Learning on the Oregon Trail


If you went to elementary school between 1990-1996, you probably remember playing computer games to enhance your educational experience.  I did… I remember playing Oregon Trail at least once a week, trying my best not to die of dysentery and wondering if I had purchased enough oxen, wishing I could carry more than 3 spare wagon wheels on my journey across the Wild West.  We also played relics like Treasure Mountain, Where in the World is Carmen Sandiego, and Number Munchers.  Apparently there are a ton of old computer games that have been archived.  Thanks to Internet Archives, the Oregon Trail is accessible to students again!  As I just played the original Oregon Trail from 1990, I was thrust back in time to my elementary AG class (Yes, I was that kid).  Students (or adults at home who are just as excited as I am right now) can now play the original version or the “updated” Deluxe version, along with several other old MS-DOS computer games, Sega Genesis games, and Internet Arcade games.  Many titles/games are not appropriate for students, as you can imagine; I would suggest linking to a specific game and not to the library of games that is available.

So I’m thinking… how can I bring back this old gem to my students today?  Will they be as enamored as I was, or will it look too “old” and pixelated to grab their attention?  Luckily for me, this is my last week with my 3rd-5th grade students and I am certainly going to find out.  You see, at the end of the school year, I like to give each of my classes the freedom to play board games with their friends for an entire media class (50 minutes).  I find playing games builds camaraderie among the students as the year is winding down and the end-of-year-crazy sets in.  I also enjoy popping in on games and playing with the students.  I set the timer for 10-15 minutes per game and let them play.  Most of the games can be completed within 15 minutes.  My younger students practice their math skills in Hungry Hippos, Hi-Ho Cherry-O, and Chutes and Ladders.  They use strategy in Connect Four and spatial reasoning when solving puzzles.  My upper grade students get excited about Apples to Apples, Junior so we usually play that as a class for about 20 minutes before I split them into smaller teams to keep the game going for the remainder of the class.

I think this year will be different; I’m thinking this year, we will explore Oregon Trail once again.  I am going to resurrect it for my 3rd-5th grade students.  Students will be given approximately 30 minutes to “play the game”.  As they complete their journey, they will answer some questions for future collaborative discussions.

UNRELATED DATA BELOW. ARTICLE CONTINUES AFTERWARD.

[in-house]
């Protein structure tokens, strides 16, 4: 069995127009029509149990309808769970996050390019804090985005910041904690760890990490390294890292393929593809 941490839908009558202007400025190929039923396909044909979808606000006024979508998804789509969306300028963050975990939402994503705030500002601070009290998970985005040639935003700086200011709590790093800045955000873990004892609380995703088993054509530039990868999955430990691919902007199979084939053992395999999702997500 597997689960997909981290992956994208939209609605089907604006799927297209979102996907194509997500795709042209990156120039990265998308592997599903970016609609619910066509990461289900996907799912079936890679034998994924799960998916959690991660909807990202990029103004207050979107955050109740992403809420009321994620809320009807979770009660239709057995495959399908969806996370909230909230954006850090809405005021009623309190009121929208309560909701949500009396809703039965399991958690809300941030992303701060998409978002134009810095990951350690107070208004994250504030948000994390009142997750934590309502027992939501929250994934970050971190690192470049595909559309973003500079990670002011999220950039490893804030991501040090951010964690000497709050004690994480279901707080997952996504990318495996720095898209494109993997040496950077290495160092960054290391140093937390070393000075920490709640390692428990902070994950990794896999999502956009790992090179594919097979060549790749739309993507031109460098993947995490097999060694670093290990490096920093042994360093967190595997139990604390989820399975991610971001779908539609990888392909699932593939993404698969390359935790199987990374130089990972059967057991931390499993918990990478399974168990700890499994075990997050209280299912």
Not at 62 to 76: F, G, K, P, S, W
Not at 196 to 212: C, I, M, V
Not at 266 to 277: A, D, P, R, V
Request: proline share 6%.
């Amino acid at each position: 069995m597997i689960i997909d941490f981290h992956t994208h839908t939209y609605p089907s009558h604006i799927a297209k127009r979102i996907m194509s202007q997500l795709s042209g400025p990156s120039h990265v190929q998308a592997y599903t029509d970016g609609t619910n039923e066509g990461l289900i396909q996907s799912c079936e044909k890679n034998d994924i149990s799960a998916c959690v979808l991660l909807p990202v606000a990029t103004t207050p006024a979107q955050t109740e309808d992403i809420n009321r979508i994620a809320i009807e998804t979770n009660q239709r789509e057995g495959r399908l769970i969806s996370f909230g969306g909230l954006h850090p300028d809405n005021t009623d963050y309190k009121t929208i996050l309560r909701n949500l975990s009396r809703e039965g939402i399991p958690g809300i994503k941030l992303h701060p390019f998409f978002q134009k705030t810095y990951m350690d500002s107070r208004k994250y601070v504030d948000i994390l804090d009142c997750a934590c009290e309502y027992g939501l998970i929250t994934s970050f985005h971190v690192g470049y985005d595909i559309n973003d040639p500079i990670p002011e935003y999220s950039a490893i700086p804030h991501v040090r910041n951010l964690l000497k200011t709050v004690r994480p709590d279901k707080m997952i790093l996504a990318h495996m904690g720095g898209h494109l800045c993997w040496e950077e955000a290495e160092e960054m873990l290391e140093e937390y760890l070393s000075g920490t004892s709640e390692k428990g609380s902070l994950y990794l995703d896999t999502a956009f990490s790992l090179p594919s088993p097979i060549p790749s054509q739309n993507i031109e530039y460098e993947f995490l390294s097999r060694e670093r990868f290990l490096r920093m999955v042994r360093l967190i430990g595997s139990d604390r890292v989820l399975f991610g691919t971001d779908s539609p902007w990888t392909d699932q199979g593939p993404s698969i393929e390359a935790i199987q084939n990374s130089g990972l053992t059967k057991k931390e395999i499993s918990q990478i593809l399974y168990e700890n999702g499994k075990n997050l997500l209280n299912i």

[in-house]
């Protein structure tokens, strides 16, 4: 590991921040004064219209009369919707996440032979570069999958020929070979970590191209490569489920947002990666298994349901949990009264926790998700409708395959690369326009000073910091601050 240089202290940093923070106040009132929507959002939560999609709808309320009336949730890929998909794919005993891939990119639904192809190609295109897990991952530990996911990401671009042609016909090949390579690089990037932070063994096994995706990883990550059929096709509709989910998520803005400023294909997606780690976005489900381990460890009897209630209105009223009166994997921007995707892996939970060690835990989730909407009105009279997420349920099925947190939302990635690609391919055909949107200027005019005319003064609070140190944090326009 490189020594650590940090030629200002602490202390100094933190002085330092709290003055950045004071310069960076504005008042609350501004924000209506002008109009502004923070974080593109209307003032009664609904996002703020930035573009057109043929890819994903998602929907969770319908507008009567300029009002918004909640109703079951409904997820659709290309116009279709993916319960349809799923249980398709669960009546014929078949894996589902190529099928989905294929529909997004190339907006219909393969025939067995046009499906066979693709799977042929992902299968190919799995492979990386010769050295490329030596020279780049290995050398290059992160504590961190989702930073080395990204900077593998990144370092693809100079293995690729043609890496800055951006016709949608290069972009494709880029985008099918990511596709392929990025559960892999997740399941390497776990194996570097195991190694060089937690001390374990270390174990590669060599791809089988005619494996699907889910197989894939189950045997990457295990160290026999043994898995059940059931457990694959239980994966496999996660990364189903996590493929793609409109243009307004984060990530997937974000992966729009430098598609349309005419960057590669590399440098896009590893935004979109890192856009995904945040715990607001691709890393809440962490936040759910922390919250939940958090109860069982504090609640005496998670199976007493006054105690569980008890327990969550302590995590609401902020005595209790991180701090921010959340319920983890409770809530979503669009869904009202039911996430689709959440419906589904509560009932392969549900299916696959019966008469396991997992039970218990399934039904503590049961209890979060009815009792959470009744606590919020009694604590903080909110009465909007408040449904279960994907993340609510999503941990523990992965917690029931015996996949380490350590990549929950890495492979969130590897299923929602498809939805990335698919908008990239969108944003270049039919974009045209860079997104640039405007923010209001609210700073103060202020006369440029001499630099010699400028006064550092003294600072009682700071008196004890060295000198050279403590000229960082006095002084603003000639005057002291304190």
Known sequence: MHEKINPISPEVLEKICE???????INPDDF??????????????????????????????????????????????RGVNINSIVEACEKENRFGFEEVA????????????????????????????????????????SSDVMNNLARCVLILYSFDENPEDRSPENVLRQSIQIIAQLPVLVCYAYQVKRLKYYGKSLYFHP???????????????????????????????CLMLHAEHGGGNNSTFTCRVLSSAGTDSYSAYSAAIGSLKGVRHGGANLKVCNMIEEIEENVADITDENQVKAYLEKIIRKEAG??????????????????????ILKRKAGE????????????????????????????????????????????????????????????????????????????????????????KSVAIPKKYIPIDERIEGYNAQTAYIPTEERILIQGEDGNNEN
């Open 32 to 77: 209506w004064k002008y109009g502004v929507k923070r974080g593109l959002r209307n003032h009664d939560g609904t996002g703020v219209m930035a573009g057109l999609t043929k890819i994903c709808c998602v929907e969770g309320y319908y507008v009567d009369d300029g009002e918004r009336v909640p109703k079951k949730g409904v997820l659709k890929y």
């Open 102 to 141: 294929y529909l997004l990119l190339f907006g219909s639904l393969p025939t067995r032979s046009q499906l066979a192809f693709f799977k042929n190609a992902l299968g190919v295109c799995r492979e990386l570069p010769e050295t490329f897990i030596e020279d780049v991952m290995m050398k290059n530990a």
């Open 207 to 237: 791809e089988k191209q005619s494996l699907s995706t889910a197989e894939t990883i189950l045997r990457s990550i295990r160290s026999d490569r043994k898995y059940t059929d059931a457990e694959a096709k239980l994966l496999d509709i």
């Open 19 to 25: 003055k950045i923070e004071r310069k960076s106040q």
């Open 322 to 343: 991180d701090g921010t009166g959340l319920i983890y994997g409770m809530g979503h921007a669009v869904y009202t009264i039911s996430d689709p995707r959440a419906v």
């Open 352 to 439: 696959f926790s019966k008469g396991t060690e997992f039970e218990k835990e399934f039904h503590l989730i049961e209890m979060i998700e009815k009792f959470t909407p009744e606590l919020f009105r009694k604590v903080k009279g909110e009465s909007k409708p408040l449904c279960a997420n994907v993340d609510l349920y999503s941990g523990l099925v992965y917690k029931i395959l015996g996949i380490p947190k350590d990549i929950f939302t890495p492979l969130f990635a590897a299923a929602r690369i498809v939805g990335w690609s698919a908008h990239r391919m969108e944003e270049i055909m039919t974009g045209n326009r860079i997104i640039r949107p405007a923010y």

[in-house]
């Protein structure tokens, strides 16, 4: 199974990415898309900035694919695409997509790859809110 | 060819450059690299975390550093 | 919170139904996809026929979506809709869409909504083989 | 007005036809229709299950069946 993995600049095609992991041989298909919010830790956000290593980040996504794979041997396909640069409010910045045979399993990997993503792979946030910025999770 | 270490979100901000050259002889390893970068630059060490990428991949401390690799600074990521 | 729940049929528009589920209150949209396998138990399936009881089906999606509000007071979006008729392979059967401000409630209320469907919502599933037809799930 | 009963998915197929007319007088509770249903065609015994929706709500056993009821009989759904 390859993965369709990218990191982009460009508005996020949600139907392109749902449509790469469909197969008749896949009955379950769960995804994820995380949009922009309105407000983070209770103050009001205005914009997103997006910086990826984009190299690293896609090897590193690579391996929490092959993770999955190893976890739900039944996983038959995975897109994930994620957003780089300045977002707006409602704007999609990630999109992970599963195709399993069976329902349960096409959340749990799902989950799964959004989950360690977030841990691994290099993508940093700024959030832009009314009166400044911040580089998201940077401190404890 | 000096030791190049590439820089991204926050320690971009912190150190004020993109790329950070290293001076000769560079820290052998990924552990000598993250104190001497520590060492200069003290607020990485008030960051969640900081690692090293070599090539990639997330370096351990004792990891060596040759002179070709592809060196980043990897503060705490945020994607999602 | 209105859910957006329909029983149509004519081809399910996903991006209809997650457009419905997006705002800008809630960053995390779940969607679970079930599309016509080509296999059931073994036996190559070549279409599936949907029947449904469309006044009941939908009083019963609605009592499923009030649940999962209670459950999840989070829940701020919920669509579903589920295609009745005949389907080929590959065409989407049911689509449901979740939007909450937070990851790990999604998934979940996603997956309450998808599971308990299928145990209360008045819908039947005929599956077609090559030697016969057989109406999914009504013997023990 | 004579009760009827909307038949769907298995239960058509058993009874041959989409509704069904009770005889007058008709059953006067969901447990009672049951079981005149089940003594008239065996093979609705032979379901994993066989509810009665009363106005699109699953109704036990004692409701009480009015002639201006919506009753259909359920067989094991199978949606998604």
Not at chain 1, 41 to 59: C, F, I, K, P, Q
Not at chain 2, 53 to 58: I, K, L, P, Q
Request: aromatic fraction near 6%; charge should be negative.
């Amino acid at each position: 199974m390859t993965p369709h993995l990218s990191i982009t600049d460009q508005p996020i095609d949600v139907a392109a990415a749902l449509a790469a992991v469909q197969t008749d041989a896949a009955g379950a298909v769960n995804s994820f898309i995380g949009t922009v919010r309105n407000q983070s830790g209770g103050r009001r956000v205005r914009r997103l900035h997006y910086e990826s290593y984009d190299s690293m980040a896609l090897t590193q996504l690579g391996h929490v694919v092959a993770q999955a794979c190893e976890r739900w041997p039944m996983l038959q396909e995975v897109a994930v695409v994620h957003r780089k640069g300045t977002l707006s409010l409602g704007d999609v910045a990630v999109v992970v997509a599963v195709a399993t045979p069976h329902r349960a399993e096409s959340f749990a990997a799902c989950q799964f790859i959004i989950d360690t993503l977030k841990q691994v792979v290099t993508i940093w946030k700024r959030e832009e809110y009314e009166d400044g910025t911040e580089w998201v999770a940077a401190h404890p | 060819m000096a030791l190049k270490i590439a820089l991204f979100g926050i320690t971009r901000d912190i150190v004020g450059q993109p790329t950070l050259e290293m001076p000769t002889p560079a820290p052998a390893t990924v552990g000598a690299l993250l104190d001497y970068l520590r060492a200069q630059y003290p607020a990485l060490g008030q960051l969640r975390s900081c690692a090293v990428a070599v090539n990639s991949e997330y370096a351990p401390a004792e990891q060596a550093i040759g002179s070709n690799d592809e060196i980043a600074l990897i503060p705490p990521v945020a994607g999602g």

Pertinent questions on their journey:

  • What did you choose to be (banker, farmer, or carpenter) and why?
  • Who travels with you?
  • What month did you decide to leave?  Why did you choose that month?
  • How much money did you have to spend?
  • What did you buy at the General Store before you left?
  • Did you change your ration throughout the journey?  If you did, why?
  • Did you ever stop to rest?
  • Did you stop to speak with the locals?  If so, did they help you make decisions?
  • What difficulties do you encounter on your trip?  How did you handle those?
  • Did everyone make it to Oregon safely?
  • How many miles did you travel all together?
  • How long did it take you to reach Oregon from your starting point?

After playing Oregon Trail, we will then sort into groups based on what the traveler chose to be and compare and contrast journeys.  We will put everyone who made it to Oregon with all their party intact together to discuss strategies, as well as taking those who died into a group to discuss preventative measures for the next trip.  Finally, students will write a reflection on their journey with details on their journey and if they would change anything on their journey.  At the very end of class, I will show students on a map where the real Oregon Trail led and we will discuss similarities and differences between what they experienced and what those on the Trail experienced.

I am looking forward to this week in class.  Now if you’ll excuse me, I will be playing games… errrr, researching for class.

One thought on “Learning on the Oregon Trail

  1. Pingback: NCCAT – Teaching Generation Z |

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